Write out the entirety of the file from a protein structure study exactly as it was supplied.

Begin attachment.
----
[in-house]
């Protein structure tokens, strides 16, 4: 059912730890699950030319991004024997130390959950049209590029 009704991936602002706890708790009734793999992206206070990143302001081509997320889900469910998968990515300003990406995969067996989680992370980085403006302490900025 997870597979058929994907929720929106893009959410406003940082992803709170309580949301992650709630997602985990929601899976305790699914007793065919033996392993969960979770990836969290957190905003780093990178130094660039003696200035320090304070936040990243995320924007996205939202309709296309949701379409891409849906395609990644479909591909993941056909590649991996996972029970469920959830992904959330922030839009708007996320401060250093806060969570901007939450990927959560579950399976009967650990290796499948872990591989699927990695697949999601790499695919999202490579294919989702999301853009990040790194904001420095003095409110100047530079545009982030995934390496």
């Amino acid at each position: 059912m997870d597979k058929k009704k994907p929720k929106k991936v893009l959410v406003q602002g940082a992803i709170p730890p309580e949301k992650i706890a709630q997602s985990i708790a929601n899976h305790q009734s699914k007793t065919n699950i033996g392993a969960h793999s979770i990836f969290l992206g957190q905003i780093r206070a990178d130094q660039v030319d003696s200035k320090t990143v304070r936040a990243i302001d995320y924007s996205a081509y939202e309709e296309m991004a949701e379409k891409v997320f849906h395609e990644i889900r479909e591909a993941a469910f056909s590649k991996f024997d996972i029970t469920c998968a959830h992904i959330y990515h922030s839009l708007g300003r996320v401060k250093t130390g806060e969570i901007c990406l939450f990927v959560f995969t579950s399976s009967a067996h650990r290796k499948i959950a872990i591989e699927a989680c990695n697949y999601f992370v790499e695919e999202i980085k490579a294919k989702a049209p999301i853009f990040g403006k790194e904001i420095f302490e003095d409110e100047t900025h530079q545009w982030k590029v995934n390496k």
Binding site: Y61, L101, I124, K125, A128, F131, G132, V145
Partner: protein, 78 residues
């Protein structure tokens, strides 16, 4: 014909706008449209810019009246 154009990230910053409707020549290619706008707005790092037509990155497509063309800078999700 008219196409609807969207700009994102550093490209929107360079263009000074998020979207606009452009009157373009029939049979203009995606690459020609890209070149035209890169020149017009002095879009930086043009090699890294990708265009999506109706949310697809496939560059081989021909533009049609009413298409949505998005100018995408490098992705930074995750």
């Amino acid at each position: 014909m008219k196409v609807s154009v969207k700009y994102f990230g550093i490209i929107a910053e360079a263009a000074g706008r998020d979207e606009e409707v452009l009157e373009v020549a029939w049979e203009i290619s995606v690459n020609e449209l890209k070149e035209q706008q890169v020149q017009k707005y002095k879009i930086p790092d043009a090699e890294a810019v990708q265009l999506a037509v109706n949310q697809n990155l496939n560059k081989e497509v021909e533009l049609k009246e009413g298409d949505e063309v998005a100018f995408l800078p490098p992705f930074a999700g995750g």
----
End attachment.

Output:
[in-house]
């Protein structure tokens, strides 16, 4: 059912730890699950030319991004024997130390959950049209590029 009704991936602002706890708790009734793999992206206070990143302001081509997320889900469910998968990515300003990406995969067996989680992370980085403006302490900025 997870597979058929994907929720929106893009959410406003940082992803709170309580949301992650709630997602985990929601899976305790699914007793065919033996392993969960979770990836969290957190905003780093990178130094660039003696200035320090304070936040990243995320924007996205939202309709296309949701379409891409849906395609990644479909591909993941056909590649991996996972029970469920959830992904959330922030839009708007996320401060250093806060969570901007939450990927959560579950399976009967650990290796499948872990591989699927990695697949999601790499695919999202490579294919989702999301853009990040790194904001420095003095409110100047530079545009982030995934390496």
């Amino acid at each position: 059912m997870d597979k058929k009704k994907p929720k929106k991936v893009l959410v406003q602002g940082a992803i709170p730890p309580e949301k992650i706890a709630q997602s985990i708790a929601n899976h305790q009734s699914k007793t065919n699950i033996g392993a969960h793999s979770i990836f969290l992206g957190q905003i780093r206070a990178d130094q660039v030319d003696s200035k320090t990143v304070r936040a990243i302001d995320y924007s996205a081509y939202e309709e296309m991004a949701e379409k891409v997320f849906h395609e990644i889900r479909e591909a993941a469910f056909s590649k991996f024997d996972i029970t469920c998968a959830h992904i959330y990515h922030s839009l708007g300003r996320v401060k250093t130390g806060e969570i901007c990406l939450f990927v959560f995969t579950s399976s009967a067996h650990r290796k499948i959950a872990i591989e699927a989680c990695n697949y999601f992370v790499e695919e999202i980085k490579a294919k989702a049209p999301i853009f990040g403006k790194e904001i420095f302490e003095d409110e100047t900025h530079q545009w982030k590029v995934n390496k």
Binding site: Y61, L101, I124, K125, A128, F131, G132, V145
Partner: protein, 78 residues
């Protein structure tokens, strides 16, 4: 014909706008449209810019009246 154009990230910053409707020549290619706008707005790092037509990155497509063309800078999700 008219196409609807969207700009994102550093490209929107360079263009000074998020979207606009452009009157373009029939049979203009995606690459020609890209070149035209890169020149017009002095879009930086043009090699890294990708265009999506109706949310697809496939560059081989021909533009049609009413298409949505998005100018995408490098992705930074995750």
């Amino acid at each position: 014909m008219k196409v609807s154009v969207k700009y994102f990230g550093i490209i929107a910053e360079a263009a000074g706008r998020d979207e606009e409707v452009l009157e373009v020549a029939w049979e203009i290619s995606v690459n020609e449209l890209k070149e035209q706008q890169v020149q017009k707005y002095k879009i930086p790092d043009a090699e890294a810019v990708q265009l999506a037509v109706n949310q697809n990155l496939n560059k081989e497509v021909e533009l049609k009246e009413g298409d949505e063309v998005a100018f995408l800078p490098p992705f930074a999700g995750g």